To Pay Back Loans Faster, Go West, Young Man

Nearly three-quarters of college students borrow funds to pay for school these days and, as we know, it is not always easy — or possible — to pay those loans back. Well, it turns out one thing you might be able to do to help yourself succeed is move. Specifically, move west.

According to schools.com, four of the top five states for student loan repayment are on the Pacific side of things: Utah, Wyoming, Washington, and Nevada. (The fifth is Virginia so the Atlantic gets a brief nod.) California and Colorado also place in the top 10. But stop short of Cali: San Francisco is a luxury ghost town these days. (“On average, 39 percent of condos built since 2000 have absentee owners, and for newer buildings like One Rincon Hill, that number is 50 percent or above.”) Also there’s no water.

Why is the West such fertile ground for loan repayment? Low unemployment rates, low cost-of-living, and high incomes boost Utah and Wyoming. Washington State, Wyoming, and Nevada make things easier on residents by not charging income tax. Wait, what?

FYI, there are only seven states that don’t charge income tax: Alaska, Florida, Nevada, South Dakota, Texas, Washington, and Wyoming.  I can understand the small and the oil-rich not needing to profit off individuals but how on earth do huge states with significant populations of poors and olds like Texas and Florida get away with that? Texas makes up the difference via property taxes, “some of the highest in the nation.” New Jersey and New Hampshire are also expensive places to own property. And Florida … is there anything good to say about Florida?

Welcome to Primm, Nevada

I've always had the idle fantasy about running away from home—hiding out someplace where nobody knows me and I know no one, where I can be totally alone in a crowd. And this month, my fantasy came true, in a little place called Primm, Nevada.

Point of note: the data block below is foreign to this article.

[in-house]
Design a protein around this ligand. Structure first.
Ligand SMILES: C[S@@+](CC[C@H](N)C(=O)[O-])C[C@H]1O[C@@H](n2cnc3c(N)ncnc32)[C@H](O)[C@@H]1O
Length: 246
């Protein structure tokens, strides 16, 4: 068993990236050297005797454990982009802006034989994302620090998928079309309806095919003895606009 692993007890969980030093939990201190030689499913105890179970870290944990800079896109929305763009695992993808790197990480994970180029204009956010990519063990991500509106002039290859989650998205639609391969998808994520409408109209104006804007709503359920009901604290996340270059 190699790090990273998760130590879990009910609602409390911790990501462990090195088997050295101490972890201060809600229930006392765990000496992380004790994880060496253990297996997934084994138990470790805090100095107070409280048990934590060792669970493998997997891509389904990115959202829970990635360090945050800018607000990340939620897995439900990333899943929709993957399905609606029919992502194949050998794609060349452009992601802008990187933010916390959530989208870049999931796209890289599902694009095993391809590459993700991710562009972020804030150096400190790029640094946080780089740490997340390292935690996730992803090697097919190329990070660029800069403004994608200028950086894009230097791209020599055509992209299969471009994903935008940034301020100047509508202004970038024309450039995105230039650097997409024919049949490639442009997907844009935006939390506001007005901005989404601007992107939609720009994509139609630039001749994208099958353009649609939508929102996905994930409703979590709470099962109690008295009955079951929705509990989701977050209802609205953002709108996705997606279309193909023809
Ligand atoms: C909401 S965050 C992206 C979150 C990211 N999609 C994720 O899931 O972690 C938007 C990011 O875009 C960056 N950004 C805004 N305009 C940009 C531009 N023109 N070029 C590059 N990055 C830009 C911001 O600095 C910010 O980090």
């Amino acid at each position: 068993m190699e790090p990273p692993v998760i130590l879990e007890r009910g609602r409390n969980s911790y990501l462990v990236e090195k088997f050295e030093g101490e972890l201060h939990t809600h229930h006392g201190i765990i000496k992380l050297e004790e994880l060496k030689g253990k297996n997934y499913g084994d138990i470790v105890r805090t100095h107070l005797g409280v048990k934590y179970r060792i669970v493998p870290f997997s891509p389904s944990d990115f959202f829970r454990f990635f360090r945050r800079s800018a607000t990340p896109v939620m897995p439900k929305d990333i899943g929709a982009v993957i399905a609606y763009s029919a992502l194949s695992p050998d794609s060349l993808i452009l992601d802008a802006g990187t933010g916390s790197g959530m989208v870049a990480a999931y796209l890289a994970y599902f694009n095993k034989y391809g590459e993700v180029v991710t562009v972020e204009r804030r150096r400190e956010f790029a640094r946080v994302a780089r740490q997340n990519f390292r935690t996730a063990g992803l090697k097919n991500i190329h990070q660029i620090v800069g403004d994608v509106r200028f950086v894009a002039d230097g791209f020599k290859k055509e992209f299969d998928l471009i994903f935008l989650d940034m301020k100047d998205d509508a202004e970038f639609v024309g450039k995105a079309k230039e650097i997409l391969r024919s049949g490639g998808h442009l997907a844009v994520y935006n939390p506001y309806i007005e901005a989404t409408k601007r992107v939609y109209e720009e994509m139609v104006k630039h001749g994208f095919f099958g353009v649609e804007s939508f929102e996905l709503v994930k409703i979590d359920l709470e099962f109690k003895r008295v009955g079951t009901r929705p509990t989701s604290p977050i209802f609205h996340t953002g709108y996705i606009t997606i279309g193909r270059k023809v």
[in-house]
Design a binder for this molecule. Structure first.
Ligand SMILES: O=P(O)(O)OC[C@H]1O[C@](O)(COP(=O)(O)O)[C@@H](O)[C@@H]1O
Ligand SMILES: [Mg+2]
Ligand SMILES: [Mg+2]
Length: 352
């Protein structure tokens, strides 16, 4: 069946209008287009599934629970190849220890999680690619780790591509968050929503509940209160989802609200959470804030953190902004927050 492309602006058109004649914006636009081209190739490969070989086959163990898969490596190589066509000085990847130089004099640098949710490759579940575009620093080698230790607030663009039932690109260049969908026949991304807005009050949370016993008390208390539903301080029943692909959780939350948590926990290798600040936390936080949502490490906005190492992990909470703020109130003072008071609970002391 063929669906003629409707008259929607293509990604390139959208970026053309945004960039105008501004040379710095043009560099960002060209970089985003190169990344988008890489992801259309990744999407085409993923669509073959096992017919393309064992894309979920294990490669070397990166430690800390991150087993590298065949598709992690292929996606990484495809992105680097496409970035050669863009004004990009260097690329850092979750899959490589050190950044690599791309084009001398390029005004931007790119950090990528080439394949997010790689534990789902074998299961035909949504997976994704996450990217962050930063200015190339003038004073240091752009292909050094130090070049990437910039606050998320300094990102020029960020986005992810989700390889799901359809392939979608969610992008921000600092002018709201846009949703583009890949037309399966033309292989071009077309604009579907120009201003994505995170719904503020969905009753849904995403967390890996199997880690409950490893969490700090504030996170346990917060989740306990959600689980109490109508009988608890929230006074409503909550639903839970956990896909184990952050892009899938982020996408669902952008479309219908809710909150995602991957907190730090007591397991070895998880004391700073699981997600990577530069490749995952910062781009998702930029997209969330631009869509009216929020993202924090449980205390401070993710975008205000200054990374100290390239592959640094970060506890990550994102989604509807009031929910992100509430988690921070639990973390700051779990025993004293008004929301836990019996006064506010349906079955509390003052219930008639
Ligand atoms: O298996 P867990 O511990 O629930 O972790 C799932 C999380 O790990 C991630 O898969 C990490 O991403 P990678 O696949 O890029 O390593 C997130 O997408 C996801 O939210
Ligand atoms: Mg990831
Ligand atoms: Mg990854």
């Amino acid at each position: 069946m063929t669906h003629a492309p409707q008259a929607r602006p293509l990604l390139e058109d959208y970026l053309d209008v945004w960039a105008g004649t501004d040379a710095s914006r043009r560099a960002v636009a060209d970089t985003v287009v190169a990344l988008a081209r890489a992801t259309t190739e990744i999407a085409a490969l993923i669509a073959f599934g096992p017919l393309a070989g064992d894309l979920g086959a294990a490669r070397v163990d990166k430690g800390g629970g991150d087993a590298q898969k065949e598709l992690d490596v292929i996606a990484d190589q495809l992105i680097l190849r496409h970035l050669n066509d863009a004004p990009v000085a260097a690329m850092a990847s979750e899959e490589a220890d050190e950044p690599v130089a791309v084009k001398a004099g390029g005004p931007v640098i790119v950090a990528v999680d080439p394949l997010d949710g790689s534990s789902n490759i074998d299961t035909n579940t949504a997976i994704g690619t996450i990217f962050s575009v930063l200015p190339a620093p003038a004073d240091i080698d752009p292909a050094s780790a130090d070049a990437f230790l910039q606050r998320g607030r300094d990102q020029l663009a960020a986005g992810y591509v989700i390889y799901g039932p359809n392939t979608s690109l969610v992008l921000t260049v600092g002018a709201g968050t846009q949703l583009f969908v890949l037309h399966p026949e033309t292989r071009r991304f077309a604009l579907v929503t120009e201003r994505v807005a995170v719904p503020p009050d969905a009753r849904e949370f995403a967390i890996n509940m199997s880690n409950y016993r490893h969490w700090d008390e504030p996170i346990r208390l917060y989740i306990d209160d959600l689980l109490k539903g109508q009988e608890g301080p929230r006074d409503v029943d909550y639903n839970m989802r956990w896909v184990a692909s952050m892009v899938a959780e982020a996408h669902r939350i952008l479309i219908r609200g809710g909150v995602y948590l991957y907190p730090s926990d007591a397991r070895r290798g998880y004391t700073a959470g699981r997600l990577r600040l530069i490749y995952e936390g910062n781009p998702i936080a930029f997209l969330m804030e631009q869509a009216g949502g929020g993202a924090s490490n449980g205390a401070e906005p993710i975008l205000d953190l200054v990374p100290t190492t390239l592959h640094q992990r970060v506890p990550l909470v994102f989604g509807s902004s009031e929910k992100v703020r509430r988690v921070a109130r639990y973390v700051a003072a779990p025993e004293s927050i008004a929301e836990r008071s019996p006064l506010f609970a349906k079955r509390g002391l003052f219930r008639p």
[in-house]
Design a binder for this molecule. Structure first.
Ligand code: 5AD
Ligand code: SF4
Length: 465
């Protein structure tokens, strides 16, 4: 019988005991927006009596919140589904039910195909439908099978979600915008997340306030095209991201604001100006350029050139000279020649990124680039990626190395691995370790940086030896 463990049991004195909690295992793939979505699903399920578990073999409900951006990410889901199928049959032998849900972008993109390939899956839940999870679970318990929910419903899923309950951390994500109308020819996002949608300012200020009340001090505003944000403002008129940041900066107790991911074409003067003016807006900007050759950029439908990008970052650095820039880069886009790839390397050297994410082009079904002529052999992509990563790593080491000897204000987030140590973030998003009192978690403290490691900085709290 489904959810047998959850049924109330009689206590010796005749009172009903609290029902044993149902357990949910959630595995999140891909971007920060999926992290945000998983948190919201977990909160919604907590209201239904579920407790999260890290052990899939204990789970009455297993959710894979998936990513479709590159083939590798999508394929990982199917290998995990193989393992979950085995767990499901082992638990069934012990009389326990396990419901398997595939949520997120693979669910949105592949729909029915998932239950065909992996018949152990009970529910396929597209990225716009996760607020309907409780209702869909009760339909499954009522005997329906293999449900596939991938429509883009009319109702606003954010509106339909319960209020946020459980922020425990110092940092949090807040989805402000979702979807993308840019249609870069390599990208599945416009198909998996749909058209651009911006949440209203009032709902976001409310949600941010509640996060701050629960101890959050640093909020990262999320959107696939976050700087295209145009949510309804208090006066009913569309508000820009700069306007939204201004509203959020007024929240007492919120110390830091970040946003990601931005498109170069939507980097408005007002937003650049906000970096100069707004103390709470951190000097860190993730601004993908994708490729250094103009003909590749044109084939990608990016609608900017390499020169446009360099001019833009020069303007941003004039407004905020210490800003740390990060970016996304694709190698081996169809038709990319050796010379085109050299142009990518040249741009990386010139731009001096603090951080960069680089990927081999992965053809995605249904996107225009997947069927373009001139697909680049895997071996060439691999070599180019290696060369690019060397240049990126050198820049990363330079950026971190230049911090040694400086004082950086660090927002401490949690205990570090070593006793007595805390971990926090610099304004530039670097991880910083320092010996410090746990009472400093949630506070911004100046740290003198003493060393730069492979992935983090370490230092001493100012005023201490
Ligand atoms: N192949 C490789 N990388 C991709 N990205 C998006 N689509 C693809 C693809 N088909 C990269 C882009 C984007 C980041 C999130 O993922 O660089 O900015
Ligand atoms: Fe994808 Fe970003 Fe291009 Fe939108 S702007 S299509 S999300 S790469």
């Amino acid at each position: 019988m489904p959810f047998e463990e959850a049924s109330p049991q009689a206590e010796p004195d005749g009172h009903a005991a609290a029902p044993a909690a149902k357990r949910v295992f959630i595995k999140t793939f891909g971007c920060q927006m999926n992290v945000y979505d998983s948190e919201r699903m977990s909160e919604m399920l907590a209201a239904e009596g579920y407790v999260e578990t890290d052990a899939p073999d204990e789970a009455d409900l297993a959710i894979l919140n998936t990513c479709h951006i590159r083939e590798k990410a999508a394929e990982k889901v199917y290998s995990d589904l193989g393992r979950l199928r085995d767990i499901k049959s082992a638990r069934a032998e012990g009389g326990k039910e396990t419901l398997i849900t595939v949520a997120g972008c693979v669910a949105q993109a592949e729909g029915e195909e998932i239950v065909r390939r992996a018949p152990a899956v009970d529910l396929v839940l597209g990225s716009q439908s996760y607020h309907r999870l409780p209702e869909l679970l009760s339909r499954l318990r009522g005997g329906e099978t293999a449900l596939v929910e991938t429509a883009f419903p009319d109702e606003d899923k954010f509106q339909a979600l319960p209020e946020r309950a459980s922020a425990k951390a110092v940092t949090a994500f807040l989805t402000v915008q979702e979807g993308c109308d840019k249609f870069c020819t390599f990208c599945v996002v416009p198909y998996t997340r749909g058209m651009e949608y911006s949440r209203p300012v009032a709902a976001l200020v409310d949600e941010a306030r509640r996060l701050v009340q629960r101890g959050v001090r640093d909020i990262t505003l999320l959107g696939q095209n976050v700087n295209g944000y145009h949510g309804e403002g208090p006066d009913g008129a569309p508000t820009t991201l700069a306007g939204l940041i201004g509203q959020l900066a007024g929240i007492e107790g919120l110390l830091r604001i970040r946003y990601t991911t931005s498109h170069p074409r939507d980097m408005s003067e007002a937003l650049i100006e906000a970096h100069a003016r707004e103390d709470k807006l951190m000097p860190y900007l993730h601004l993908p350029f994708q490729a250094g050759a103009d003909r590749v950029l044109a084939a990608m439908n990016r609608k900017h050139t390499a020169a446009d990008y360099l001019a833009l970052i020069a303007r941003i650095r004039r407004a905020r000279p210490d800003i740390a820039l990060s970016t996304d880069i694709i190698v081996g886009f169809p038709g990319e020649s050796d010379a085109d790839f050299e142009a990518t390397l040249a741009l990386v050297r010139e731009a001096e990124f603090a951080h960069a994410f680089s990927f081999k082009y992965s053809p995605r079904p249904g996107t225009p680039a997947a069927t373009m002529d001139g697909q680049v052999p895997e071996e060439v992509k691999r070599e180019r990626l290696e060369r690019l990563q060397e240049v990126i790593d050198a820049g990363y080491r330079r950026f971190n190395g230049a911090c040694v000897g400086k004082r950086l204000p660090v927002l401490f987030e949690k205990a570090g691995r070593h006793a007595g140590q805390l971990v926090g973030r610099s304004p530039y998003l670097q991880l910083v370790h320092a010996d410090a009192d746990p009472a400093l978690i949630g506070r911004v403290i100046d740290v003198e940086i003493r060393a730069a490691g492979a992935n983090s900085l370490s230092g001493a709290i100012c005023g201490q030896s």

How To: Barter! Featuring Chickens

Remember that Nevada Republican running for Senate who suggested we pay doctors with chickens? She was great. Or at least great for the headlines, and for her opponent Harry Reid, who went on to get reelected:

Phoebe Sweet, communications director for the Nevada State Democratic Party, and a few of her barnyard friends who shall remain nameless stopped by Lowden’s campaign headquarters. “I tried to trade this goat for some health care, and my doctor looked at me like I’m crazy,” Sweet told a receptionist as she carried the 25-pound goat into the headquarters with a local TV crew tracking her. “So I was just curious if you had any information on her barter plan.” “No, thank you,” the unidentified receptionist said politely.

Well, Chicken Lady Sue Lowden (R) may have gone away, but, as Esther Schindler details in this article, the idea of incorporating some bartering into our economy is still with us:

An accountant might do the tax-filing for a company that can redesign its website. Farmers can (and do) exchange tractors for cattle. A landscaping business can work out a maintenance services agreement with the lawyer who’ll do its incorporation papers.

What a fantastic plan! I’ll write you a limerick if you change my lightbulbs. Except, as Schindler goes on to note, assigning value to disparate tasks can present some challenges. Is an hour of legal advice equivalent to an hour of house painting? What if I need my lightbulbs changed immediately but you’re happy to wait a week for a perfect limerick? Who is the ultimate arbiter of what’s fair and what is worth what? I don’t want you dragging me into small claims court because you hate my rhymes and demand a do-over. You know Judge Judy would ultimately take my side, anyway.

The Logistics (And Cost) of Designing in London and Building in Nevada

From London to Nevada, blueprints in tow.